Additionally, some brands don’t use emails as a tool to drive traffic to their websites. Instead, they include the entire article content in the body of the email for subscribers to read. Does this go against the best practice of linking to a post to drive traffic to your page? Absolutely. But does it work for these companies and bloggers? You bet. Sometimes breaking out of the mold is your best bet for email marketing success.
6. Avoid Unsubscribes With Relevance
While most customers accept emails from brands as a given when interacting with them, more people than ever are reaching for the unsubscribe button when the email promotions aren’t what they expect.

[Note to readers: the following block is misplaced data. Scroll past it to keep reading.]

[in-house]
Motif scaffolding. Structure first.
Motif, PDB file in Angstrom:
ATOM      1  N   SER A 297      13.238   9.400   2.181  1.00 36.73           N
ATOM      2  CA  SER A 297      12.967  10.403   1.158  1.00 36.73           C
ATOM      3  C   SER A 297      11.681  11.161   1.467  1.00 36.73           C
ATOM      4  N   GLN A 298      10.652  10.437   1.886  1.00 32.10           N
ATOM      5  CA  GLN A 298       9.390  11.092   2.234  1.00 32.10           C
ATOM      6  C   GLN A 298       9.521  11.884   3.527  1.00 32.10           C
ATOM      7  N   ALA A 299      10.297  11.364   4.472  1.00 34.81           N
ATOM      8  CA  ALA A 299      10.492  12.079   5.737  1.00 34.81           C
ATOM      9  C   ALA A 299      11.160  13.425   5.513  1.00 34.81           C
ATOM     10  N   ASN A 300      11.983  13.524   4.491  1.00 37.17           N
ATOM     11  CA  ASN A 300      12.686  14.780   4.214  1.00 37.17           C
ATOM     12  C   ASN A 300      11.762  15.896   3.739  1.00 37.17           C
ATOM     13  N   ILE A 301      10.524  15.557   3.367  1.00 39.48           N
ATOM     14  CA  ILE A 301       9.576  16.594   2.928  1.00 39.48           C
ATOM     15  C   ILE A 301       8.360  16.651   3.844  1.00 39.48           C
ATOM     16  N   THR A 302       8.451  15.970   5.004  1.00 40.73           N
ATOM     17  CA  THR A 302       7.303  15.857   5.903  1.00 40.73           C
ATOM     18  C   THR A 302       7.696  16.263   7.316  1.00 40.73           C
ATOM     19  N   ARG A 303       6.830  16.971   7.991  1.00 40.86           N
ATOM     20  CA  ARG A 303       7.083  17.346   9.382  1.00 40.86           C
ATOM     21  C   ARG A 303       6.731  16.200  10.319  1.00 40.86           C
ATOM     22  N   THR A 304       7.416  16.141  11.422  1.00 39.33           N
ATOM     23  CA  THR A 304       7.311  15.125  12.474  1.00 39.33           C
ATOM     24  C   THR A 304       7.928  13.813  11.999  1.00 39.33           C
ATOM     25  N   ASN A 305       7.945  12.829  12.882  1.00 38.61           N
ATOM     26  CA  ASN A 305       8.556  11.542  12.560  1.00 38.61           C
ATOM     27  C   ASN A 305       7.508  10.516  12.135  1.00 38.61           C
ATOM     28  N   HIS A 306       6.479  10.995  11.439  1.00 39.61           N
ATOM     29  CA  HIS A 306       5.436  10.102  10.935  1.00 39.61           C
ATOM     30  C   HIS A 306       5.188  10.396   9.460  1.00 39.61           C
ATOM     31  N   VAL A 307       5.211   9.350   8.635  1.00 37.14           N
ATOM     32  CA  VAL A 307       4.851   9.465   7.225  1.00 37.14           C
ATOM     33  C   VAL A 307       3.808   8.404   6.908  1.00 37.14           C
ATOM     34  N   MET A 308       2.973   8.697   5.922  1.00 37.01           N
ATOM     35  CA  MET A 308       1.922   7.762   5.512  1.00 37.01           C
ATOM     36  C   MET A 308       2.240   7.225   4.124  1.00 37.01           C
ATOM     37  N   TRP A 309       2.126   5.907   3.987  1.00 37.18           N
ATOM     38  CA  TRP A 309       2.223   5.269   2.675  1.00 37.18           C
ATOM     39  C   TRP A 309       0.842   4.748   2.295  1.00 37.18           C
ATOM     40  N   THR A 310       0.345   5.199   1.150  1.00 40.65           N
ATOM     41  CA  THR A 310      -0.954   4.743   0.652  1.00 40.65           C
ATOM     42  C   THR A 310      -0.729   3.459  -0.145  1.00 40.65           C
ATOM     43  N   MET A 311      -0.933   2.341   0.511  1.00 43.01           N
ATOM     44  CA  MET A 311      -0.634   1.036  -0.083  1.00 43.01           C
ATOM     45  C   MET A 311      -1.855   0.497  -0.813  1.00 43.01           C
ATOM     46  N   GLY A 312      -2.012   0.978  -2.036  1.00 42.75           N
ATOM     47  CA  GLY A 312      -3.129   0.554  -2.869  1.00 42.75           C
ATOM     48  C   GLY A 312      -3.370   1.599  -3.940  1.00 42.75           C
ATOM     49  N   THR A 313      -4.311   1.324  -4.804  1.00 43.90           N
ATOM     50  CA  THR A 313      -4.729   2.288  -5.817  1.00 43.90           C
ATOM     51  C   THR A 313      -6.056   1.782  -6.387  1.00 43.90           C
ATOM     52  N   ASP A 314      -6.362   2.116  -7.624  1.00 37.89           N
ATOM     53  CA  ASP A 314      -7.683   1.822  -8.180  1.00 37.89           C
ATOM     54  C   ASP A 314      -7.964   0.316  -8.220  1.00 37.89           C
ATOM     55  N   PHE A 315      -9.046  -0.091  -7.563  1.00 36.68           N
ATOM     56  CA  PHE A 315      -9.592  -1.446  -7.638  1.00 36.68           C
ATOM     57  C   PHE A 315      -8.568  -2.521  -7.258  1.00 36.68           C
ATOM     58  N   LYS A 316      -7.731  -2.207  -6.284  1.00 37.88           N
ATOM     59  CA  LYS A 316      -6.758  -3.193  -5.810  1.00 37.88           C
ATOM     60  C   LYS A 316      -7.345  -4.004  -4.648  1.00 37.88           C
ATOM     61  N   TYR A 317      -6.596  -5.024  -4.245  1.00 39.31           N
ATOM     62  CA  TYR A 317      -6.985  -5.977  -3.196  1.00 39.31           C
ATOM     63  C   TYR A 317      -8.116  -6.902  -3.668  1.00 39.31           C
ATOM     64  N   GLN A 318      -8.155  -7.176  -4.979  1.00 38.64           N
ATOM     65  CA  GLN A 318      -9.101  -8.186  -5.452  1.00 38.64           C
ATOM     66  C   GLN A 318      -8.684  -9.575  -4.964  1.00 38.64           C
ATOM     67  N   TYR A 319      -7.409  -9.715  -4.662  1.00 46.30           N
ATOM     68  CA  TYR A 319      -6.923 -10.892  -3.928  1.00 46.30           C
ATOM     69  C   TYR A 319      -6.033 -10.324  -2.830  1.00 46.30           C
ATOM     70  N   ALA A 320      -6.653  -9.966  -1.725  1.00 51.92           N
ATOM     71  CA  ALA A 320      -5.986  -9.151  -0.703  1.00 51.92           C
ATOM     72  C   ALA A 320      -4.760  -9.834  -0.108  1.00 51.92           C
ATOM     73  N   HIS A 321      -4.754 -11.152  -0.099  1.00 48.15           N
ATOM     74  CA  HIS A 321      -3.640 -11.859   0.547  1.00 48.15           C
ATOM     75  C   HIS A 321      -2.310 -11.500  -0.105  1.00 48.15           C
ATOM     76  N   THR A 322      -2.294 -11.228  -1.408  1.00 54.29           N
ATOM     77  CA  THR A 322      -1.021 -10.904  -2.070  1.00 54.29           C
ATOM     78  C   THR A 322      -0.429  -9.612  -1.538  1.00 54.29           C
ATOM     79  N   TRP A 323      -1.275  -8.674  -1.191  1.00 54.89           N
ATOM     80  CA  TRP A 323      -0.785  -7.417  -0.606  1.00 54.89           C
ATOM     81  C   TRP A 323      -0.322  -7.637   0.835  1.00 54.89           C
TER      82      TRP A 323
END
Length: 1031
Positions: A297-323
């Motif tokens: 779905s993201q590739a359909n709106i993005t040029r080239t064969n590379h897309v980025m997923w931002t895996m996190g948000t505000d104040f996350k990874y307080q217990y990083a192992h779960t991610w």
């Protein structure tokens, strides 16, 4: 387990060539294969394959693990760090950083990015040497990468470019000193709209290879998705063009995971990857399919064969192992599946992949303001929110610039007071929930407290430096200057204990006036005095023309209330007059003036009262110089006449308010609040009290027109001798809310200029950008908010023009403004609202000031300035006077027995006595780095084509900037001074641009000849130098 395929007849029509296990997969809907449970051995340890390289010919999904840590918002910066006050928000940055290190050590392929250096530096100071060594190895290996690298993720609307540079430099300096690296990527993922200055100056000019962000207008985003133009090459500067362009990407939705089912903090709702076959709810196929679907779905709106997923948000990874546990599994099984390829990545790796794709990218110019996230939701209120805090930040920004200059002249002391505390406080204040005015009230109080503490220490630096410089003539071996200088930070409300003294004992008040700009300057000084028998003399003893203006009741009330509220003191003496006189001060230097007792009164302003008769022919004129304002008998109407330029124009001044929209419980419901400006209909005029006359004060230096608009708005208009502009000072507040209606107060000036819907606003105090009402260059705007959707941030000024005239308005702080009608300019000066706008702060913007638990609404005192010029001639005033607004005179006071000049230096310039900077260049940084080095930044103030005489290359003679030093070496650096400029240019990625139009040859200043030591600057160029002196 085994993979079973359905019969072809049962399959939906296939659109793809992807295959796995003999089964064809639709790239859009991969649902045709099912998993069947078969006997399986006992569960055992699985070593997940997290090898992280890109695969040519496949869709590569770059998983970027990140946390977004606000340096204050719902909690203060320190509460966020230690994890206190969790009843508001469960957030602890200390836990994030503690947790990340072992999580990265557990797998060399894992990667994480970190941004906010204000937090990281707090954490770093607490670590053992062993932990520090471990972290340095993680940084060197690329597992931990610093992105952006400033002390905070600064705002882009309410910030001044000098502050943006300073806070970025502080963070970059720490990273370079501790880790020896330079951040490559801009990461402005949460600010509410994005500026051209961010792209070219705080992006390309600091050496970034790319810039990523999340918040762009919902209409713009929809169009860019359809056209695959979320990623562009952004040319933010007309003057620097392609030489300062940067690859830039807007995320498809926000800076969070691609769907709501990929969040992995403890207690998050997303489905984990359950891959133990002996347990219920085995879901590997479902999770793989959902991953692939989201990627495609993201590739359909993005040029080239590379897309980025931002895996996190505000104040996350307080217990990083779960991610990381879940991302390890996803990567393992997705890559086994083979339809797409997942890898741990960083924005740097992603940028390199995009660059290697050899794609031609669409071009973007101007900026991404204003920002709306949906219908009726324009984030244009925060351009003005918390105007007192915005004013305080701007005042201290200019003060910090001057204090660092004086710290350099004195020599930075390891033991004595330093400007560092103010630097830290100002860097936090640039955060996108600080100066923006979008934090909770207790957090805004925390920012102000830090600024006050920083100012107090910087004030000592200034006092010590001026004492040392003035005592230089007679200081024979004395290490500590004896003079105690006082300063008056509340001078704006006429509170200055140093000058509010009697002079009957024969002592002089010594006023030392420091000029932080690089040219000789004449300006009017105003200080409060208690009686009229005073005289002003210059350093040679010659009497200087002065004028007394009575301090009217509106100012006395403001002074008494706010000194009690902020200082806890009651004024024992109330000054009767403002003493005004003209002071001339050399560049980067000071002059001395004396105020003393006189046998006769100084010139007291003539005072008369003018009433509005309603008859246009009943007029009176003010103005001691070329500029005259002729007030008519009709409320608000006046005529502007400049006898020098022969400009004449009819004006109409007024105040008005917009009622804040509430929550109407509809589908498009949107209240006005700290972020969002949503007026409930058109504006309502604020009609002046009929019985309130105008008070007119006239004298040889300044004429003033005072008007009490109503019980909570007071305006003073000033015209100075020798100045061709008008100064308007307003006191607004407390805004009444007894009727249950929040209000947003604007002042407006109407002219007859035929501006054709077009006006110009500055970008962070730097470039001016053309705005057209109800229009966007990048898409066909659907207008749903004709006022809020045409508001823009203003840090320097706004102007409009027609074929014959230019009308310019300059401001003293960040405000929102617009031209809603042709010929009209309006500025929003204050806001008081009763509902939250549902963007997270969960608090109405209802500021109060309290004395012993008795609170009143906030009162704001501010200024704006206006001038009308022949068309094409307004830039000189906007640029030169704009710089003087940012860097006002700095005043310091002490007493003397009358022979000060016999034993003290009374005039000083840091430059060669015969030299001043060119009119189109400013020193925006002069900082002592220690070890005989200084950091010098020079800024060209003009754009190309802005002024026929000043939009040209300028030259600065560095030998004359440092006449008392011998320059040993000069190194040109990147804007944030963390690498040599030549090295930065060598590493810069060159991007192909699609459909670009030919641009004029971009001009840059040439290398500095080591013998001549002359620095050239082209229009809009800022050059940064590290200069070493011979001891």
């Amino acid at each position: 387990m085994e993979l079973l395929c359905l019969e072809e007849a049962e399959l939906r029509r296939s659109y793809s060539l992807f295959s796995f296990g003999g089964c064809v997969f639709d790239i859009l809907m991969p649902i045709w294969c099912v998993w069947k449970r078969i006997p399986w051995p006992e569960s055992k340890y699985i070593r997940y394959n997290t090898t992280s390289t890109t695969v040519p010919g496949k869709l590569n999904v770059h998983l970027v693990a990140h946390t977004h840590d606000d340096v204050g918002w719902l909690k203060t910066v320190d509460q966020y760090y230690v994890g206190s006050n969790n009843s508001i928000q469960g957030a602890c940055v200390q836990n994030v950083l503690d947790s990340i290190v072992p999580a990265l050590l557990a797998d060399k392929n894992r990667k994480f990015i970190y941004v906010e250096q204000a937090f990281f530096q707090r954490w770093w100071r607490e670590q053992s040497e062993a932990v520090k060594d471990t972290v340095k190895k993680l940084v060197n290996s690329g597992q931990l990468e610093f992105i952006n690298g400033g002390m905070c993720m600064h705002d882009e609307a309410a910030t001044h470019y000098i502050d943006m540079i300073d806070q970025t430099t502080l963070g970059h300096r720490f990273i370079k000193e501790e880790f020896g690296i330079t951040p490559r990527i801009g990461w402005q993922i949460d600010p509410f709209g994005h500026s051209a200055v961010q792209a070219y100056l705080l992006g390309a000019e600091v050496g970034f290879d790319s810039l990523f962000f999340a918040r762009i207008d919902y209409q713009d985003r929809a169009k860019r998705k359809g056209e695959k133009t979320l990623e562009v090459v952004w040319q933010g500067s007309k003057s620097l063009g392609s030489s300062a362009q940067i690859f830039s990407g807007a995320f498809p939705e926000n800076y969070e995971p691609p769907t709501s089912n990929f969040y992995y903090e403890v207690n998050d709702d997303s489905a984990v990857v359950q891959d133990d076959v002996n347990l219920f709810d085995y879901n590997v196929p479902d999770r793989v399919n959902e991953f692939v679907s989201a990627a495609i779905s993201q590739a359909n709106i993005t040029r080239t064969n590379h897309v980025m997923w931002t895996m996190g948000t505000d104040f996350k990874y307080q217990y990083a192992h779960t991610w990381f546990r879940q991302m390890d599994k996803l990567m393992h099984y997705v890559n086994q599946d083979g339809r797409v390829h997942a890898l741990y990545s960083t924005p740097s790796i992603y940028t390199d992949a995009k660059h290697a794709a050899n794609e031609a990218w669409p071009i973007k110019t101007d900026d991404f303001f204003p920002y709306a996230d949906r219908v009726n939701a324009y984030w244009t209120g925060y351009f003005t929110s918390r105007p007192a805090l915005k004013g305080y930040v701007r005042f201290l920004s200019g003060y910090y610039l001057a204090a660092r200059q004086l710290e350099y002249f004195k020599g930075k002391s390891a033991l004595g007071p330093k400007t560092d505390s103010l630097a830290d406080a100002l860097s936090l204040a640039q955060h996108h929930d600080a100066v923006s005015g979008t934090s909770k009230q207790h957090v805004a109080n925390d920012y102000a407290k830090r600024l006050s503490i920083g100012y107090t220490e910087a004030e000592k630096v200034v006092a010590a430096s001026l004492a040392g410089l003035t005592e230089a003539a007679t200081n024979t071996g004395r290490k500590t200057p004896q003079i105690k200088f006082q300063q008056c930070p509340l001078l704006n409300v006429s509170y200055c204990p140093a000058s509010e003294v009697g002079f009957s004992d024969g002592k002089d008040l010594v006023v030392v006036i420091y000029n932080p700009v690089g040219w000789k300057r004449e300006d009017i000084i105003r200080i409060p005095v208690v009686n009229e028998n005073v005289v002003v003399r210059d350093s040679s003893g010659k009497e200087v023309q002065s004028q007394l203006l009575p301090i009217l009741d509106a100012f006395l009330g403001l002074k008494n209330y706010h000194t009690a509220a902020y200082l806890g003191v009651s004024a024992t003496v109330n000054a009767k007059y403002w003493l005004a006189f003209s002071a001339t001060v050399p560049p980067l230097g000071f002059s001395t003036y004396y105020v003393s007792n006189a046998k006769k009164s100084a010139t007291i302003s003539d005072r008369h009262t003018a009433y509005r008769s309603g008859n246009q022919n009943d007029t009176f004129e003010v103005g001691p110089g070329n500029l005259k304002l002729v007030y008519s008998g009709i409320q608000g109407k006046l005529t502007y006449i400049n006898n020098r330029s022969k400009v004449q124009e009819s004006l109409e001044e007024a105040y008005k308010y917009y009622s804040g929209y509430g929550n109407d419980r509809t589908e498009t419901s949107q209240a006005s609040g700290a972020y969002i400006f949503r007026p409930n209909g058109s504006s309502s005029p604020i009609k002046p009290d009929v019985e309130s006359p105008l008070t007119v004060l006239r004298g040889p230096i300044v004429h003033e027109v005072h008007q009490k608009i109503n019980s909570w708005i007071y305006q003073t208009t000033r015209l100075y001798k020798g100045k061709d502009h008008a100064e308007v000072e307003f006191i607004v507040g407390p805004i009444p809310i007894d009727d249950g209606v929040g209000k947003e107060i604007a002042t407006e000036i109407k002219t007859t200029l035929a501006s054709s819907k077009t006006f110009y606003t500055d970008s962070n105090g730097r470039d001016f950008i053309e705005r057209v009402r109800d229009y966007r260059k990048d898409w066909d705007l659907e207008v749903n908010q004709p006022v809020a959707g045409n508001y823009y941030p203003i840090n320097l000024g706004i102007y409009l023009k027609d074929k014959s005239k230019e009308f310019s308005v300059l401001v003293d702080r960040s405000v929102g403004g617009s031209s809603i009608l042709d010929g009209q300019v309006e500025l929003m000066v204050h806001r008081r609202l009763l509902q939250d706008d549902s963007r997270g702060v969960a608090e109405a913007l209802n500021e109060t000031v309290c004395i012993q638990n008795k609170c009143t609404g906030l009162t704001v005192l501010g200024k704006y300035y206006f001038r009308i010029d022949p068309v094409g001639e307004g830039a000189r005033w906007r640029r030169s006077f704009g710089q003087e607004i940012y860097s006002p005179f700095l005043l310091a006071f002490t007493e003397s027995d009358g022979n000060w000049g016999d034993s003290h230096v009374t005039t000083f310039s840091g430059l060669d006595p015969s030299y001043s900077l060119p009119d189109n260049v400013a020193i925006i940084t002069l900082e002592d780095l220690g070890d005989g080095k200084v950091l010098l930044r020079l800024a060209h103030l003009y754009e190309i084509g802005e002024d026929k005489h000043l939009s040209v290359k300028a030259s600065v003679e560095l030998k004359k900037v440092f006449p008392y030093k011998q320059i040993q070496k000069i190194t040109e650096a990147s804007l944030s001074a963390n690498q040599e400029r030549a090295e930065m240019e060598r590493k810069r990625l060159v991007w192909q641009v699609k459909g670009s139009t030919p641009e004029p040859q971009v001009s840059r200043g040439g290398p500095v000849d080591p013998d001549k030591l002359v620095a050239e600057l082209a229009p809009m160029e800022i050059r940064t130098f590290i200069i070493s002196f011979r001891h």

Adobe reported that 33% of consumers say they will unsubscribe if the brand isn’t promoting something that they are interested in buying.
These unsubscriptions are the result of expected personalization from brands. A study by The Harris Poll of 3,000 consumers found 63% of people expect personalization as a standard of service when receiving promotional offers.
Furthermore, more than half of consumers (54%) are willing to share personal information with companies in order to receive better offers. In this era where personal information is a currency akin to oil, more consumers are taking control of what they want to see and what brands are allowed to know about them.
Brands that ignore this agreement and take the information without providing a better consumer experience risk alienating customers and quickly having their trust revoked.